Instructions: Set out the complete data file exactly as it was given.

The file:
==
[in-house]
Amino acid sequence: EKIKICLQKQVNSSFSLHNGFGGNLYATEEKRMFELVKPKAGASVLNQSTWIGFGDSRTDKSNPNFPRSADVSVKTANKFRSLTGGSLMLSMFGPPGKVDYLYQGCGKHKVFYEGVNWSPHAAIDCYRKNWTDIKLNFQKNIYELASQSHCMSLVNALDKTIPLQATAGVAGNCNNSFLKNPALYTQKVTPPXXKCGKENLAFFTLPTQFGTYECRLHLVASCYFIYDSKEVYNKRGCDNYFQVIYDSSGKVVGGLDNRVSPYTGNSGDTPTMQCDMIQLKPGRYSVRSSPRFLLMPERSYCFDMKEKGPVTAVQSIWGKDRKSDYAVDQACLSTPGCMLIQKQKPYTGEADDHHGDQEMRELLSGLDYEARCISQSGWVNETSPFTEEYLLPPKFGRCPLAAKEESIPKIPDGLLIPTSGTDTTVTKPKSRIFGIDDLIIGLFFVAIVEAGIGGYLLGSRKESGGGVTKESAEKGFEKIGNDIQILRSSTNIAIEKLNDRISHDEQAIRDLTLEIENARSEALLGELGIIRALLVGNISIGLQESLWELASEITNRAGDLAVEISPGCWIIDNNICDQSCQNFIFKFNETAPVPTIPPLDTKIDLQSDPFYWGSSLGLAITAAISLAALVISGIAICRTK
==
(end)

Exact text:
[in-house]
Amino acid sequence: EKIKICLQKQVNSSFSLHNGFGGNLYATEEKRMFELVKPKAGASVLNQSTWIGFGDSRTDKSNPNFPRSADVSVKTANKFRSLTGGSLMLSMFGPPGKVDYLYQGCGKHKVFYEGVNWSPHAAIDCYRKNWTDIKLNFQKNIYELASQSHCMSLVNALDKTIPLQATAGVAGNCNNSFLKNPALYTQKVTPPXXKCGKENLAFFTLPTQFGTYECRLHLVASCYFIYDSKEVYNKRGCDNYFQVIYDSSGKVVGGLDNRVSPYTGNSGDTPTMQCDMIQLKPGRYSVRSSPRFLLMPERSYCFDMKEKGPVTAVQSIWGKDRKSDYAVDQACLSTPGCMLIQKQKPYTGEADDHHGDQEMRELLSGLDYEARCISQSGWVNETSPFTEEYLLPPKFGRCPLAAKEESIPKIPDGLLIPTSGTDTTVTKPKSRIFGIDDLIIGLFFVAIVEAGIGGYLLGSRKESGGGVTKESAEKGFEKIGNDIQILRSSTNIAIEKLNDRISHDEQAIRDLTLEIENARSEALLGELGIIRALLVGNISIGLQESLWELASEITNRAGDLAVEISPGCWIIDNNICDQSCQNFIFKFNETAPVPTIPPLDTKIDLQSDPFYWGSSLGLAITAAISLAALVISGIAICRTK